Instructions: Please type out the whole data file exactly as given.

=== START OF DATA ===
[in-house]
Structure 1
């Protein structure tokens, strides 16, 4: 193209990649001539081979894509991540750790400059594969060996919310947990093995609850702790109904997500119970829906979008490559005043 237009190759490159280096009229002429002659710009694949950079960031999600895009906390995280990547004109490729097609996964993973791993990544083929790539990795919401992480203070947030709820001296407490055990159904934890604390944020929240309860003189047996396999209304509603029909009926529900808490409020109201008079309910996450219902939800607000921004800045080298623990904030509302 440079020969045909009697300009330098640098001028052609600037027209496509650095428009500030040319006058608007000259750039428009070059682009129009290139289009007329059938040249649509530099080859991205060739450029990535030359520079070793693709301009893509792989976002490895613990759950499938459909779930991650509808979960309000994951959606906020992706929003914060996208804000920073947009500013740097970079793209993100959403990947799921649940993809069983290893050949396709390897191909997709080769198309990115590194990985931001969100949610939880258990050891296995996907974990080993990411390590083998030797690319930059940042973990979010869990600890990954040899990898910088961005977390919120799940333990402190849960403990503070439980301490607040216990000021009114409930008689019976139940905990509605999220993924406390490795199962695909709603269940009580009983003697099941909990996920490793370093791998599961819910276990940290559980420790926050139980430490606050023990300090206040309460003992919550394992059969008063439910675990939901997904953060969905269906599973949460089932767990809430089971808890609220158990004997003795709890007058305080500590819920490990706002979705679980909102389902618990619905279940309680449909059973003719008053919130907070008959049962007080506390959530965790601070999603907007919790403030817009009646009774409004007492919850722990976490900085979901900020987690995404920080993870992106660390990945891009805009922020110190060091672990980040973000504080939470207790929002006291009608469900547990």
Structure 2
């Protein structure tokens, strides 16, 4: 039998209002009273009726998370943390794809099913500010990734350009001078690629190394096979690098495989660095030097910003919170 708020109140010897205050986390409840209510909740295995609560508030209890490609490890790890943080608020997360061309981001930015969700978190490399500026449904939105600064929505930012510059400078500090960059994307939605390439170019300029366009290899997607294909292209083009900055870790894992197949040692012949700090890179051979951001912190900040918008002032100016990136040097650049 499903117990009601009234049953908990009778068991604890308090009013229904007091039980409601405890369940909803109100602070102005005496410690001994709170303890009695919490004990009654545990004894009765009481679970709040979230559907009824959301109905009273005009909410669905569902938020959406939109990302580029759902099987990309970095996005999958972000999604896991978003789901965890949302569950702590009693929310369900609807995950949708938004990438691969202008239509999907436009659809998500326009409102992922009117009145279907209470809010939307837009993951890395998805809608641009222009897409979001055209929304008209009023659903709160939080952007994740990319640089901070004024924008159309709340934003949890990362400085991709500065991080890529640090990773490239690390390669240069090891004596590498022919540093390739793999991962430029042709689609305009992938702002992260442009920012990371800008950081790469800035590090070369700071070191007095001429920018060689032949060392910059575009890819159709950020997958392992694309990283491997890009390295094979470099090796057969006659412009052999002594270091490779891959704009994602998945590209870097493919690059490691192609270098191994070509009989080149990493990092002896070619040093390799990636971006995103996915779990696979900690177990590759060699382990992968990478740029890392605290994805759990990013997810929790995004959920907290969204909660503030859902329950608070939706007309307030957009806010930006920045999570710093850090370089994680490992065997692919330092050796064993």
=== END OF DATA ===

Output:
[in-house]
Structure 1
């Protein structure tokens, strides 16, 4: 193209990649001539081979894509991540750790400059594969060996919310947990093995609850702790109904997500119970829906979008490559005043 237009190759490159280096009229002429002659710009694949950079960031999600895009906390995280990547004109490729097609996964993973791993990544083929790539990795919401992480203070947030709820001296407490055990159904934890604390944020929240309860003189047996396999209304509603029909009926529900808490409020109201008079309910996450219902939800607000921004800045080298623990904030509302 440079020969045909009697300009330098640098001028052609600037027209496509650095428009500030040319006058608007000259750039428009070059682009129009290139289009007329059938040249649509530099080859991205060739450029990535030359520079070793693709301009893509792989976002490895613990759950499938459909779930991650509808979960309000994951959606906020992706929003914060996208804000920073947009500013740097970079793209993100959403990947799921649940993809069983290893050949396709390897191909997709080769198309990115590194990985931001969100949610939880258990050891296995996907974990080993990411390590083998030797690319930059940042973990979010869990600890990954040899990898910088961005977390919120799940333990402190849960403990503070439980301490607040216990000021009114409930008689019976139940905990509605999220993924406390490795199962695909709603269940009580009983003697099941909990996920490793370093791998599961819910276990940290559980420790926050139980430490606050023990300090206040309460003992919550394992059969008063439910675990939901997904953060969905269906599973949460089932767990809430089971808890609220158990004997003795709890007058305080500590819920490990706002979705679980909102389902618990619905279940309680449909059973003719008053919130907070008959049962007080506390959530965790601070999603907007919790403030817009009646009774409004007492919850722990976490900085979901900020987690995404920080993870992106660390990945891009805009922020110190060091672990980040973000504080939470207790929002006291009608469900547990």
Structure 2
């Protein structure tokens, strides 16, 4: 039998209002009273009726998370943390794809099913500010990734350009001078690629190394096979690098495989660095030097910003919170 708020109140010897205050986390409840209510909740295995609560508030209890490609490890790890943080608020997360061309981001930015969700978190490399500026449904939105600064929505930012510059400078500090960059994307939605390439170019300029366009290899997607294909292209083009900055870790894992197949040692012949700090890179051979951001912190900040918008002032100016990136040097650049 499903117990009601009234049953908990009778068991604890308090009013229904007091039980409601405890369940909803109100602070102005005496410690001994709170303890009695919490004990009654545990004894009765009481679970709040979230559907009824959301109905009273005009909410669905569902938020959406939109990302580029759902099987990309970095996005999958972000999604896991978003789901965890949302569950702590009693929310369900609807995950949708938004990438691969202008239509999907436009659809998500326009409102992922009117009145279907209470809010939307837009993951890395998805809608641009222009897409979001055209929304008209009023659903709160939080952007994740990319640089901070004024924008159309709340934003949890990362400085991709500065991080890529640090990773490239690390390669240069090891004596590498022919540093390739793999991962430029042709689609305009992938702002992260442009920012990371800008950081790469800035590090070369700071070191007095001429920018060689032949060392910059575009890819159709950020997958392992694309990283491997890009390295094979470099090796057969006659412009052999002594270091490779891959704009994602998945590209870097493919690059490691192609270098191994070509009989080149990493990092002896070619040093390799990636971006995103996915779990696979900690177990590759060699382990992968990478740029890392605290994805759990990013997810929790995004959920907290969204909660503030859902329950608070939706007309307030957009806010930006920045999570710093850090370089994680490992065997692919330092050796064993």